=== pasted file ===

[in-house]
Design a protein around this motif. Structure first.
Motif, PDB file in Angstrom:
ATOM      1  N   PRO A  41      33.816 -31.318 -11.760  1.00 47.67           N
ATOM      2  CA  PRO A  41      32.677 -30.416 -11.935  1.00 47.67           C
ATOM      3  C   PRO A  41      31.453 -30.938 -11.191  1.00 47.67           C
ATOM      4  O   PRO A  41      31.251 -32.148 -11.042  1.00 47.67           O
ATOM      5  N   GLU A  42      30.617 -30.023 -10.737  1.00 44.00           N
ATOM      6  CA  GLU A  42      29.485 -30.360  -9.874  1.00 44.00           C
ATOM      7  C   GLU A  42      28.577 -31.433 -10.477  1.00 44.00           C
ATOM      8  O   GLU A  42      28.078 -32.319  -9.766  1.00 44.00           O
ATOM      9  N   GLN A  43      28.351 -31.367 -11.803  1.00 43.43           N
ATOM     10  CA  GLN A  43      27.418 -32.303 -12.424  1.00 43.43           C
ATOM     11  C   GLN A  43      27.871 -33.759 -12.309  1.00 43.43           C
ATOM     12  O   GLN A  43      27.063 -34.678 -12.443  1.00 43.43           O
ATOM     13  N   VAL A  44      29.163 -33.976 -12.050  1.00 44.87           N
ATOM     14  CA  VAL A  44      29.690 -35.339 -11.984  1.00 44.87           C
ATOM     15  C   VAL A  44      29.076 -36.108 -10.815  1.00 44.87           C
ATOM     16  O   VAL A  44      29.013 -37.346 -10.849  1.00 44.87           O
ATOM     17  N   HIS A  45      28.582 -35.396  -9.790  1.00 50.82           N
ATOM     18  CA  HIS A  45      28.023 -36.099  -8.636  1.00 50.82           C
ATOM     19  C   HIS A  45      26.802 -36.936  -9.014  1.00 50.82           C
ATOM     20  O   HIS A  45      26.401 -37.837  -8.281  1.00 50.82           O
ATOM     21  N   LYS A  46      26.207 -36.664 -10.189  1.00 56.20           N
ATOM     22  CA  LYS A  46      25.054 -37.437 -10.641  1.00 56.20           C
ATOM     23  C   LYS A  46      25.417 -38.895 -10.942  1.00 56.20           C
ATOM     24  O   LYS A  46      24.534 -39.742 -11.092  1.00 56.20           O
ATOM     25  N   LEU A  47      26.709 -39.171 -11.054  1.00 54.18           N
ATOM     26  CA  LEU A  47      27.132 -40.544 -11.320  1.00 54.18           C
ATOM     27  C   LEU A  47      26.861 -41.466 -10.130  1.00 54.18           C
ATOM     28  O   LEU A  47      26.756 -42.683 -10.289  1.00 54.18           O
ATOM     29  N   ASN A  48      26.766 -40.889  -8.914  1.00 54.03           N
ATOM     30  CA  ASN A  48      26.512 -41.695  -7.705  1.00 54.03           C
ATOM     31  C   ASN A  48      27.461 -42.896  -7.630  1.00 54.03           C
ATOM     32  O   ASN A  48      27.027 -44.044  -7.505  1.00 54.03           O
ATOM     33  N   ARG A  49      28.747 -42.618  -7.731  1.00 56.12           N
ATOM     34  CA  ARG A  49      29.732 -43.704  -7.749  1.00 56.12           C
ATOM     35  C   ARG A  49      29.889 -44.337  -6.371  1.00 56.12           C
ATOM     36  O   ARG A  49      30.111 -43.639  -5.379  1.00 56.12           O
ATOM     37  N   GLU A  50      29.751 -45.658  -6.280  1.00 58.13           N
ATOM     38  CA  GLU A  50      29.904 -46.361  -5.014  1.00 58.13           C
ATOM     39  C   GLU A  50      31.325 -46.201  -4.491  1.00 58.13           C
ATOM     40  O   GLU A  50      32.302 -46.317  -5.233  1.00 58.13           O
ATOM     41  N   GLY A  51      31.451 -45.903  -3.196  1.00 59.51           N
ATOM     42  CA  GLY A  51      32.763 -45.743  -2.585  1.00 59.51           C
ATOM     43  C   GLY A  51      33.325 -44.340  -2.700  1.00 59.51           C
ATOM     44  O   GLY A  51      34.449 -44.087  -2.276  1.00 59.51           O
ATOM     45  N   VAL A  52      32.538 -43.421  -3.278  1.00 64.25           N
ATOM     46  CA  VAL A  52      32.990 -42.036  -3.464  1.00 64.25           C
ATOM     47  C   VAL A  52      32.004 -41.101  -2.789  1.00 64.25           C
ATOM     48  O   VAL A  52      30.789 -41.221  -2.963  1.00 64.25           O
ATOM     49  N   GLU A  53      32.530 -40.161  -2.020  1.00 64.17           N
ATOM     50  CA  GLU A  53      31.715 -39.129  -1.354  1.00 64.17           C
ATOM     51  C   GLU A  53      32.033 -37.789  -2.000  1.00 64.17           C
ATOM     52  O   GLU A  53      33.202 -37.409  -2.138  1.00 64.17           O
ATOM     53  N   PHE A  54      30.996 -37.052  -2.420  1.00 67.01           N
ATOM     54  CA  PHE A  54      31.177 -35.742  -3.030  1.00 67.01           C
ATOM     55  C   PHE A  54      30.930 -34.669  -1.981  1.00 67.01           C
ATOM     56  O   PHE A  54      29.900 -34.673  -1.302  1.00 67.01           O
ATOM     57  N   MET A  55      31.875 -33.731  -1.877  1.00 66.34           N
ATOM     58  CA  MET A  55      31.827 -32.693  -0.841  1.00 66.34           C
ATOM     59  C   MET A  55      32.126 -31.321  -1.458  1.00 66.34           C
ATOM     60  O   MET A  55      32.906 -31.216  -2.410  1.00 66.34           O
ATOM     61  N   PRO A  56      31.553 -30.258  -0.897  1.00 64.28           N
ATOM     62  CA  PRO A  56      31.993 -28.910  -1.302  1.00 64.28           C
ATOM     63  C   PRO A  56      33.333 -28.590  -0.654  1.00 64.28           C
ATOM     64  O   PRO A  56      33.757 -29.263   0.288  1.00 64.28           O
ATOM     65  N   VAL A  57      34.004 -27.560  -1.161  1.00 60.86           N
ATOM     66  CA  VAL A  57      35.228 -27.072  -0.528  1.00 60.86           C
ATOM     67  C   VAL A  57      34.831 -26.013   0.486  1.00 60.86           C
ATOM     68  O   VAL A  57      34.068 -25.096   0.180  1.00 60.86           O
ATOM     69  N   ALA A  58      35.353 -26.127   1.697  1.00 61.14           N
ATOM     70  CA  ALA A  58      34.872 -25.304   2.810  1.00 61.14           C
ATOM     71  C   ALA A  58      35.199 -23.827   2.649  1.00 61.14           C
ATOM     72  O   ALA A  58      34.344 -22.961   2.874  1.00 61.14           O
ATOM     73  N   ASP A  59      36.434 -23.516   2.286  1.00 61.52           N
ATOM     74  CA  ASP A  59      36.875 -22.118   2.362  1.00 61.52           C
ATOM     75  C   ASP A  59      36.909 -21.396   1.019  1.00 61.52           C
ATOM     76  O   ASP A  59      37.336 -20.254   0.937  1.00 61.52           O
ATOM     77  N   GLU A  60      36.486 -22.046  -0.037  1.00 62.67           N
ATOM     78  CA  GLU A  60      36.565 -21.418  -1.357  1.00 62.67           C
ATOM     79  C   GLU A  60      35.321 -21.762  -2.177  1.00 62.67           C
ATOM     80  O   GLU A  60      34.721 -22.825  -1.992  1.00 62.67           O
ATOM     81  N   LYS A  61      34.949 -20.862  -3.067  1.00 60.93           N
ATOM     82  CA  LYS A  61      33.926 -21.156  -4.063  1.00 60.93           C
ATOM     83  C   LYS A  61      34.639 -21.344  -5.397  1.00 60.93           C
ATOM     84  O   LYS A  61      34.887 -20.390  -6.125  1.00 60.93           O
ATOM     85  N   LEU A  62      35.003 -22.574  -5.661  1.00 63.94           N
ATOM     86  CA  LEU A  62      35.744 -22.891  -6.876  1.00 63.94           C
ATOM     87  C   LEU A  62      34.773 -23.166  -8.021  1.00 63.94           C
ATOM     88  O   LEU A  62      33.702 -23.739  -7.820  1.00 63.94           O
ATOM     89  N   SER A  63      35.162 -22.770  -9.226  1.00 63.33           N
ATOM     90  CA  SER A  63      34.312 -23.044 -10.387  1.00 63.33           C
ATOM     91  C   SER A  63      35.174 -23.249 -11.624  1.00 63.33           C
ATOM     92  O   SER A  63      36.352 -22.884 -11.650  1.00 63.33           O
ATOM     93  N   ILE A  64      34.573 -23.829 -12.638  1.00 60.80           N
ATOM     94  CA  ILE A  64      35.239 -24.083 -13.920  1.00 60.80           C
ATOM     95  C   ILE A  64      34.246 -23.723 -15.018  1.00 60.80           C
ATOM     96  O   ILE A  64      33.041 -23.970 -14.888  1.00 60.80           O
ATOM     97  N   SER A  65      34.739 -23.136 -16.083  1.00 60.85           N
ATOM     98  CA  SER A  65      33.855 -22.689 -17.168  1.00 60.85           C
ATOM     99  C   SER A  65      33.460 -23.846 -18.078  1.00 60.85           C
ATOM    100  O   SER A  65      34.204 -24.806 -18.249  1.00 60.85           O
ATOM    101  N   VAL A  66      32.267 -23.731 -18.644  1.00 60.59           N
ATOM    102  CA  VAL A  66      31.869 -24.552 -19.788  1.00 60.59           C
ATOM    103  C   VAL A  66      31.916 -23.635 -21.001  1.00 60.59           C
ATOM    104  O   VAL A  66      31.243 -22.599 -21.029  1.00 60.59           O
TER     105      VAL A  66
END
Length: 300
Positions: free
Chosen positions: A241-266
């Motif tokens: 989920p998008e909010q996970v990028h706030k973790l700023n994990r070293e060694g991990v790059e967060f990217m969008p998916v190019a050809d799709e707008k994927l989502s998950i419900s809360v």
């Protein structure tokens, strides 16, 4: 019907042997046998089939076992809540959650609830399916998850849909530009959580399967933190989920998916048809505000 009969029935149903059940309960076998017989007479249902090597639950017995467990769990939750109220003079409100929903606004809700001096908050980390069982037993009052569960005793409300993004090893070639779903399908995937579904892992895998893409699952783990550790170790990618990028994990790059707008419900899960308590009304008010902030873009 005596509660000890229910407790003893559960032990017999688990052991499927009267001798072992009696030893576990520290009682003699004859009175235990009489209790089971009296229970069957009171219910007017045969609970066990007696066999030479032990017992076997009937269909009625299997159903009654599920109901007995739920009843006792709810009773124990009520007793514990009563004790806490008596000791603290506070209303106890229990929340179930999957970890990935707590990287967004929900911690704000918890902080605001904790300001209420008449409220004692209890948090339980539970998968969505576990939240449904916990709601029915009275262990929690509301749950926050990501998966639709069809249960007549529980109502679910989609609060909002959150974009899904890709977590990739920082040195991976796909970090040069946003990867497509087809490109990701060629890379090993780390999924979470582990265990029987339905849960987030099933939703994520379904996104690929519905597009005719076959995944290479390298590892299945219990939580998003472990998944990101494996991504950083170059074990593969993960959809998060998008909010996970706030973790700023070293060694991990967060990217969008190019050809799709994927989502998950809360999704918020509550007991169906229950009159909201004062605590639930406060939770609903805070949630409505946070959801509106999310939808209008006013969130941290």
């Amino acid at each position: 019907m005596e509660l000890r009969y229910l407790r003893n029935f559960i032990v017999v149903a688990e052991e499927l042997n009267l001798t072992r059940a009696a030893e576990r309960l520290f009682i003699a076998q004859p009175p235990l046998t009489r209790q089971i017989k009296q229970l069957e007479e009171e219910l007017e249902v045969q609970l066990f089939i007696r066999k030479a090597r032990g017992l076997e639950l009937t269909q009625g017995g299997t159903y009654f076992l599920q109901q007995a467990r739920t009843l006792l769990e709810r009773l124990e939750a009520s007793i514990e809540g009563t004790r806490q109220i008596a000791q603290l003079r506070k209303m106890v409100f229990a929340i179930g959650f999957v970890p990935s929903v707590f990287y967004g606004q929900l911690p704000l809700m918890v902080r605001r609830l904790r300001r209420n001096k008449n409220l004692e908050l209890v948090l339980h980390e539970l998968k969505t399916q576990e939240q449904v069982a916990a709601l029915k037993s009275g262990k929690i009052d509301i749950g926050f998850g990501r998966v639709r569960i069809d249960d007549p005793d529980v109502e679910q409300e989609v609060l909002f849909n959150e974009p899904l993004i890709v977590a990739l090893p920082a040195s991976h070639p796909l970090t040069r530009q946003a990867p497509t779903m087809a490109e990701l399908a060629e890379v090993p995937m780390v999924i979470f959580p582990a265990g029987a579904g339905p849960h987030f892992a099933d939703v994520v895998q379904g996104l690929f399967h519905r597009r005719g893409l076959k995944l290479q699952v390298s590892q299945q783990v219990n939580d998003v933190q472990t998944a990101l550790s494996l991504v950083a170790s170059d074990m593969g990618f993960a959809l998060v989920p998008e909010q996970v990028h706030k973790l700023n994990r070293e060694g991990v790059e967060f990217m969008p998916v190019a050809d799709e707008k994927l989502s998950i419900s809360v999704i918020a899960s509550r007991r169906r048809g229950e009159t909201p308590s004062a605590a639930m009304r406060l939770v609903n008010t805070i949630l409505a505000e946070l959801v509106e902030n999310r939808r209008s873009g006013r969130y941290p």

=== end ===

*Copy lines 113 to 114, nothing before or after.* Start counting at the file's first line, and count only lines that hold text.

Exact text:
């Motif tokens: 989920p998008e909010q996970v990028h706030k973790l700023n994990r070293e060694g991990v790059e967060f990217m969008p998916v190019a050809d799709e707008k994927l989502s998950i419900s809360v």
């Protein structure tokens, strides 16, 4: 019907042997046998089939076992809540959650609830399916998850849909530009959580399967933190989920998916048809505000 009969029935149903059940309960076998017989007479249902090597639950017995467990769990939750109220003079409100929903606004809700001096908050980390069982037993009052569960005793409300993004090893070639779903399908995937579904892992895998893409699952783990550790170790990618990028994990790059707008419900899960308590009304008010902030873009 005596509660000890229910407790003893559960032990017999688990052991499927009267001798072992009696030893576990520290009682003699004859009175235990009489209790089971009296229970069957009171219910007017045969609970066990007696066999030479032990017992076997009937269909009625299997159903009654599920109901007995739920009843006792709810009773124990009520007793514990009563004790806490008596000791603290506070209303106890229990929340179930999957970890990935707590990287967004929900911690704000918890902080605001904790300001209420008449409220004692209890948090339980539970998968969505576990939240449904916990709601029915009275262990929690509301749950926050990501998966639709069809249960007549529980109502679910989609609060909002959150974009899904890709977590990739920082040195991976796909970090040069946003990867497509087809490109990701060629890379090993780390999924979470582990265990029987339905849960987030099933939703994520379904996104690929519905597009005719076959995944290479390298590892299945219990939580998003472990998944990101494996991504950083170059074990593969993960959809998060998008909010996970706030973790700023070293060694991990967060990217969008190019050809799709994927989502998950809360999704918020509550007991169906229950009159909201004062605590639930406060939770609903805070949630409505946070959801509106999310939808209008006013969130941290």